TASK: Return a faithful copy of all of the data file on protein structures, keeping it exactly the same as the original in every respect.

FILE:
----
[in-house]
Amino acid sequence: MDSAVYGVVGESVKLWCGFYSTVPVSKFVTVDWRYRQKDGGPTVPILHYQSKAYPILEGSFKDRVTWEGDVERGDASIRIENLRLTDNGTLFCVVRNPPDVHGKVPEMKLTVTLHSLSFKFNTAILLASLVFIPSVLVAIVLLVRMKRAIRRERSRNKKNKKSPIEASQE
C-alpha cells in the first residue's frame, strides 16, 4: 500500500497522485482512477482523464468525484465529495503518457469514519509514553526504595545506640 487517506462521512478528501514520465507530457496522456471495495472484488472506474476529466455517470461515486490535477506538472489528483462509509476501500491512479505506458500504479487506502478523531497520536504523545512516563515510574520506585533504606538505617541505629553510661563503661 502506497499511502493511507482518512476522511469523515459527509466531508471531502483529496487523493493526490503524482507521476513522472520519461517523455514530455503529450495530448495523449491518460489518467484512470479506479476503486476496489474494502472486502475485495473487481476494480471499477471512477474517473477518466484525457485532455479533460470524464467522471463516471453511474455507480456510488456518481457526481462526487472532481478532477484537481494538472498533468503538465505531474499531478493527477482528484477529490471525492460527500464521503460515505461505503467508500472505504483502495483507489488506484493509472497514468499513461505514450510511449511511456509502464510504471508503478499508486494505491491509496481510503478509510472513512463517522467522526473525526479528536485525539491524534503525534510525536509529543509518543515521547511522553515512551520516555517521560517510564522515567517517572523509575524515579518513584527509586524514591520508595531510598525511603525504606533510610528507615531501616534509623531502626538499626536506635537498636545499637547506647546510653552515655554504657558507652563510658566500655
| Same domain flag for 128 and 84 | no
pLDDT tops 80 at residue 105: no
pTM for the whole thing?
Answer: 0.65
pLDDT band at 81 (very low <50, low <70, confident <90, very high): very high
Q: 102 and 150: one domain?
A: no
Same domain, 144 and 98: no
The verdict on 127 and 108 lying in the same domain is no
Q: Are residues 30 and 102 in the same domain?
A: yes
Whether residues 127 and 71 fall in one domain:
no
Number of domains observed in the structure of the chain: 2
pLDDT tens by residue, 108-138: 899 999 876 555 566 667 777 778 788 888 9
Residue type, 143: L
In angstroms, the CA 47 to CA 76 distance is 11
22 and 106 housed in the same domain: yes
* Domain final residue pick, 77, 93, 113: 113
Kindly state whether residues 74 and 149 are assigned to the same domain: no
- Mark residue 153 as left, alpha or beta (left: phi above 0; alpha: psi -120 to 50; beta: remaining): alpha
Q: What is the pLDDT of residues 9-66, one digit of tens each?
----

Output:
[in-house]
Amino acid sequence: MDSAVYGVVGESVKLWCGFYSTVPVSKFVTVDWRYRQKDGGPTVPILHYQSKAYPILEGSFKDRVTWEGDVERGDASIRIENLRLTDNGTLFCVVRNPPDVHGKVPEMKLTVTLHSLSFKFNTAILLASLVFIPSVLVAIVLLVRMKRAIRRERSRNKKNKKSPIEASQE
C-alpha cells in the first residue's frame, strides 16, 4: 500500500497522485482512477482523464468525484465529495503518457469514519509514553526504595545506640 487517506462521512478528501514520465507530457496522456471495495472484488472506474476529466455517470461515486490535477506538472489528483462509509476501500491512479505506458500504479487506502478523531497520536504523545512516563515510574520506585533504606538505617541505629553510661563503661 502506497499511502493511507482518512476522511469523515459527509466531508471531502483529496487523493493526490503524482507521476513522472520519461517523455514530455503529450495530448495523449491518460489518467484512470479506479476503486476496489474494502472486502475485495473487481476494480471499477471512477474517473477518466484525457485532455479533460470524464467522471463516471453511474455507480456510488456518481457526481462526487472532481478532477484537481494538472498533468503538465505531474499531478493527477482528484477529490471525492460527500464521503460515505461505503467508500472505504483502495483507489488506484493509472497514468499513461505514450510511449511511456509502464510504471508503478499508486494505491491509496481510503478509510472513512463517522467522526473525526479528536485525539491524534503525534510525536509529543509518543515521547511522553515512551520516555517521560517510564522515567517517572523509575524515579518513584527509586524514591520508595531510598525511603525504606533510610528507615531501616534509623531502626538499626536506635537498636545499637547506647546510653552515655554504657558507652563510658566500655
| Same domain flag for 128 and 84 | no
pLDDT tops 80 at residue 105: no
pTM for the whole thing?
Answer: 0.65
pLDDT band at 81 (very low <50, low <70, confident <90, very high): very high
Q: 102 and 150: one domain?
A: no
Same domain, 144 and 98: no
The verdict on 127 and 108 lying in the same domain is no
Q: Are residues 30 and 102 in the same domain?
A: yes
Whether residues 127 and 71 fall in one domain:
no
Number of domains observed in the structure of the chain: 2
pLDDT tens by residue, 108-138: 899 999 876 555 566 667 777 778 788 888 9
Residue type, 143: L
In angstroms, the CA 47 to CA 76 distance is 11
22 and 106 housed in the same domain: yes
* Domain final residue pick, 77, 93, 113: 113
Kindly state whether residues 74 and 149 are assigned to the same domain: no
- Mark residue 153 as left, alpha or beta (left: phi above 0; alpha: psi -120 to 50; beta: remaining): alpha
Q: What is the pLDDT of residues 9-66, one digit of tens each?